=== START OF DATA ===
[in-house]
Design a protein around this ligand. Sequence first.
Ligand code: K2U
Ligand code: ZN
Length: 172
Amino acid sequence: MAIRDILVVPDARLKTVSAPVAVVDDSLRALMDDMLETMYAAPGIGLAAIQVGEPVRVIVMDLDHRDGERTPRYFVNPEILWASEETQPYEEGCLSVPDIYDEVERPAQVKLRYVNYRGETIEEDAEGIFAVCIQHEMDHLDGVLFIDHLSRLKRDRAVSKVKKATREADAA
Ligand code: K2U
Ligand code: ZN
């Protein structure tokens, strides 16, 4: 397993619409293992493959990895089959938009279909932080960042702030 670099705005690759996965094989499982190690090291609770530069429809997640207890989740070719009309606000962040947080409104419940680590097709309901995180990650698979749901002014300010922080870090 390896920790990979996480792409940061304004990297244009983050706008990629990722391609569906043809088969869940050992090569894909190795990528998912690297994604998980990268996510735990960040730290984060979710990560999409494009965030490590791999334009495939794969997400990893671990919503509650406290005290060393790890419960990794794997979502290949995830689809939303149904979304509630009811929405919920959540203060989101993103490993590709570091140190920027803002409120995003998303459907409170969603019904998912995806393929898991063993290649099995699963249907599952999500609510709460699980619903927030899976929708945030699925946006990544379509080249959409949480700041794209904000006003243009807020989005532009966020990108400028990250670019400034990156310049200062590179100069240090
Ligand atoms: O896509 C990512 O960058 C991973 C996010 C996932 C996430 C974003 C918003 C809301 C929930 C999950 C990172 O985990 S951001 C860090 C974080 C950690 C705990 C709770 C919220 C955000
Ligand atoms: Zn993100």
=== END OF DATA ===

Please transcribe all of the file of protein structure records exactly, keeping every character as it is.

[in-house]
Design a protein around this ligand. Sequence first.
Ligand code: K2U
Ligand code: ZN
Length: 172
Amino acid sequence: MAIRDILVVPDARLKTVSAPVAVVDDSLRALMDDMLETMYAAPGIGLAAIQVGEPVRVIVMDLDHRDGERTPRYFVNPEILWASEETQPYEEGCLSVPDIYDEVERPAQVKLRYVNYRGETIEEDAEGIFAVCIQHEMDHLDGVLFIDHLSRLKRDRAVSKVKKATREADAA
Ligand code: K2U
Ligand code: ZN
């Protein structure tokens, strides 16, 4: 397993619409293992493959990895089959938009279909932080960042702030 670099705005690759996965094989499982190690090291609770530069429809997640207890989740070719009309606000962040947080409104419940680590097709309901995180990650698979749901002014300010922080870090 390896920790990979996480792409940061304004990297244009983050706008990629990722391609569906043809088969869940050992090569894909190795990528998912690297994604998980990268996510735990960040730290984060979710990560999409494009965030490590791999334009495939794969997400990893671990919503509650406290005290060393790890419960990794794997979502290949995830689809939303149904979304509630009811929405919920959540203060989101993103490993590709570091140190920027803002409120995003998303459907409170969603019904998912995806393929898991063993290649099995699963249907599952999500609510709460699980619903927030899976929708945030699925946006990544379509080249959409949480700041794209904000006003243009807020989005532009966020990108400028990250670019400034990156310049200062590179100069240090
Ligand atoms: O896509 C990512 O960058 C991973 C996010 C996932 C996430 C974003 C918003 C809301 C929930 C999950 C990172 O985990 S951001 C860090 C974080 C950690 C705990 C709770 C919220 C955000
Ligand atoms: Zn993100």